Dimitri Tiomkin’s Music and His Oscars Rollin’ to The Barbican Hall

October 28, 2011

United KingdomUnited Kingdom  The Film Music of Dimitri Tiomkin: Andrew Playfoot, Whitney Claire Kaufman (vocalists), London Voices, London Symphony Orchestra, Richard Kaufman (conductor), Barbican Hall, London, 27.10.2011. (JPr)

I wasn’t old enough to see most of the films for which Dimitri Tiomkin wrote the music when they first came out, but when I was growing up going to the cinema was a real event and the true ‘blockbusters’ came back time and again as there were no DVDs or satellite movie channels. So many of those ‘event’ films in movie history such as Around the World in Eighty Days, How the West was Won, The Magnificent Seven, The Guns of Navarone and The Alamo, to name only a very few, I saw as many times as I could. These were the pre-CGI or animation obsessed days of Todd-AO, Super Panavision, CinemaScope and Cinerama: a feature of all these great films of a past generation was their film music and pre-eminent amongst the composers working in Hollywood at the time was Dimitri Tiomkin (1894-1979) whose work the London Symphony Orchestra celebrated in this fun-filled concert.

The large-scale symphonic music that often punctuated these films was perhaps a reminiscence of the silent era days when there was live accompaniment by piano or orchestra. The melodic music was as important a part of the experience as the film itself and intrinsic in telling a story by highlighting the humour, romance and tension as appropriate. Today, music in films is often used much more sparingly; I think especially of the films of the legendary director Clint Eastwood (a name we will return to) who, one way and another, has been working in Hollywood since the 1950s and writes his own music – but the notes he uses for an entire film would barely fill a few minutes of one of Tiomkin’s scores. Most cinema audiences seem to prefer a greater naturalness in their story-telling and this probably comes from what they watch on TV where background music also seems to play a decreasing role as the years go on. This is something for debate … but perhaps not here.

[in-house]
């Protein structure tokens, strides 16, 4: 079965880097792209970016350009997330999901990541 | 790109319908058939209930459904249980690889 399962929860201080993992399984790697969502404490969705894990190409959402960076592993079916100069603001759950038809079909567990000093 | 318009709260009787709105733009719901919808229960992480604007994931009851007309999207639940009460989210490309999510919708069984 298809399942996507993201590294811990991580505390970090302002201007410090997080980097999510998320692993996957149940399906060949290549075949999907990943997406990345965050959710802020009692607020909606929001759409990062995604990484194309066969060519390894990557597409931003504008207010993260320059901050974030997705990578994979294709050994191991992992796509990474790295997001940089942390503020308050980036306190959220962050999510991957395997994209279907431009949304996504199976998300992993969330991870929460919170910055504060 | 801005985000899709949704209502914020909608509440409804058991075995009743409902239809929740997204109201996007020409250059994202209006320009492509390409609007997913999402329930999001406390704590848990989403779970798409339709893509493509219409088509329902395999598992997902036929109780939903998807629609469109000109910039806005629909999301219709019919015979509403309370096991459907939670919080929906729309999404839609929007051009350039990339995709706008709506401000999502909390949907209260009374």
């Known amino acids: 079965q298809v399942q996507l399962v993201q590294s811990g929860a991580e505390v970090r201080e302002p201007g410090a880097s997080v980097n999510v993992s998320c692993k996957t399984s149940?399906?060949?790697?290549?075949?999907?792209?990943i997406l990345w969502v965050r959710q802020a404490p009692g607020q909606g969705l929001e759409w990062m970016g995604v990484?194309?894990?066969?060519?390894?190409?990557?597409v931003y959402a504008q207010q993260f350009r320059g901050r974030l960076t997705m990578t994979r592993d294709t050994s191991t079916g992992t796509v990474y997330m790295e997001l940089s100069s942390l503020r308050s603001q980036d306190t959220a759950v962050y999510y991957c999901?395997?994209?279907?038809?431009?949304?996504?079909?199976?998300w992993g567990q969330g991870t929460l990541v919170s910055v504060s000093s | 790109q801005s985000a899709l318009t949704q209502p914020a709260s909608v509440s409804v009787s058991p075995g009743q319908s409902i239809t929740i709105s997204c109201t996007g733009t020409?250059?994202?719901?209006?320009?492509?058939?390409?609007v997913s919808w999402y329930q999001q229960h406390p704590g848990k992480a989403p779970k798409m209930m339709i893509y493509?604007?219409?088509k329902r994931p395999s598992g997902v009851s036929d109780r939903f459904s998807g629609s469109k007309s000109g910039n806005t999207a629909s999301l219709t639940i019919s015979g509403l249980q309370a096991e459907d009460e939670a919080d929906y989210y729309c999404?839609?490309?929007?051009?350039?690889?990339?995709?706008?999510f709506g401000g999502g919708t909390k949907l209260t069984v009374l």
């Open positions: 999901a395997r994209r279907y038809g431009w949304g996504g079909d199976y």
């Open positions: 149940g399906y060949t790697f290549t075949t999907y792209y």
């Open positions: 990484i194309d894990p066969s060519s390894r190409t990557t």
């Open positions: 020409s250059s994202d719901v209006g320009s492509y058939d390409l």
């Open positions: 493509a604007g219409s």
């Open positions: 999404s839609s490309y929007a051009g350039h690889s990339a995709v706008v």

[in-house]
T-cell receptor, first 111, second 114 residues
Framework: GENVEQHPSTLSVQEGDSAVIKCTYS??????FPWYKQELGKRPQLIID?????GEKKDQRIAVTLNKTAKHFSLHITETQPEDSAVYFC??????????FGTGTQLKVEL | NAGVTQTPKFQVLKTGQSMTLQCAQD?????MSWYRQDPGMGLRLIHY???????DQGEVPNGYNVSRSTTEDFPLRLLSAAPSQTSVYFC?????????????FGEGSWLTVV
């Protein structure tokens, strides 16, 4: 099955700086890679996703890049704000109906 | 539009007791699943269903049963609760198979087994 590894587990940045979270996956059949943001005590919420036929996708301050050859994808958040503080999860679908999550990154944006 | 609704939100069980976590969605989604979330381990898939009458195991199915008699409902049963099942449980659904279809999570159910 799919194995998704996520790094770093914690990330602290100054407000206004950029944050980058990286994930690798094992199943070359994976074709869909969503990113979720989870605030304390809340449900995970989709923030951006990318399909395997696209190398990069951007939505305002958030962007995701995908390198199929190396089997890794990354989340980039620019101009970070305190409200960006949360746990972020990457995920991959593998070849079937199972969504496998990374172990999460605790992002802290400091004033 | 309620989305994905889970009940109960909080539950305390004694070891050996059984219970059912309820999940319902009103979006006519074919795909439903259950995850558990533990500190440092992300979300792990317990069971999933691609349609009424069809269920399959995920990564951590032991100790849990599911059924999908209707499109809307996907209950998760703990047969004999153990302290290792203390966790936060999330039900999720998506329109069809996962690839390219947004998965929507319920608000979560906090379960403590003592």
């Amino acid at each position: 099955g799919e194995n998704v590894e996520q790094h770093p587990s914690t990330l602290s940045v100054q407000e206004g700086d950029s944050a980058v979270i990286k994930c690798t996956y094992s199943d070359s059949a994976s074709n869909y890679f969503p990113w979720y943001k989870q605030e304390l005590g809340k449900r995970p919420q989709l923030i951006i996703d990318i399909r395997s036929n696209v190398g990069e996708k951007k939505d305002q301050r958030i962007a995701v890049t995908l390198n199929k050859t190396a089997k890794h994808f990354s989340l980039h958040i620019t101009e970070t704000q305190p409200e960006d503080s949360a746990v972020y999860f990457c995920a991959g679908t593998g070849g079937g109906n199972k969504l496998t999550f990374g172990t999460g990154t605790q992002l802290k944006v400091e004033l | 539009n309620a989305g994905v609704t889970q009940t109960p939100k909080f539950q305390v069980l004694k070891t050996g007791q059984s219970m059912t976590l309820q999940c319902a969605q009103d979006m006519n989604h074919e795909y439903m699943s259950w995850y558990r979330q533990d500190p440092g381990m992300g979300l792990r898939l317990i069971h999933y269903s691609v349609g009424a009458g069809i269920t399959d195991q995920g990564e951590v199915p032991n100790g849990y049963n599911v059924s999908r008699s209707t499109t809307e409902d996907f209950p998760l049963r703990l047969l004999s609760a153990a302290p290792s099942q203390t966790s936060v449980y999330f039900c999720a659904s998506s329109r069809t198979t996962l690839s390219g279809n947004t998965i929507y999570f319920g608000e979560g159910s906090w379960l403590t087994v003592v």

Jim Brown’s composer profile in the LSO’s programme described Tiomkin as the “Oscar-winning composer, songwriter, acclaimed concert pianist, television personality, producer, author and raconteur”. As a few moments of him speaking showed, he spoke – often broken – English with an accent as thick as Bela Lugosi and this seems strange from someone who could speak fluent French and German. As Brown writes, this may have been a ruse that “allowed him to plead a language mishap whenever he chose to act without a movie director’s approval. ‘Pleaz don’ hate me for idea, but vat eef …’ was heard so often that his autobiography is entitled Please don’t hate me.”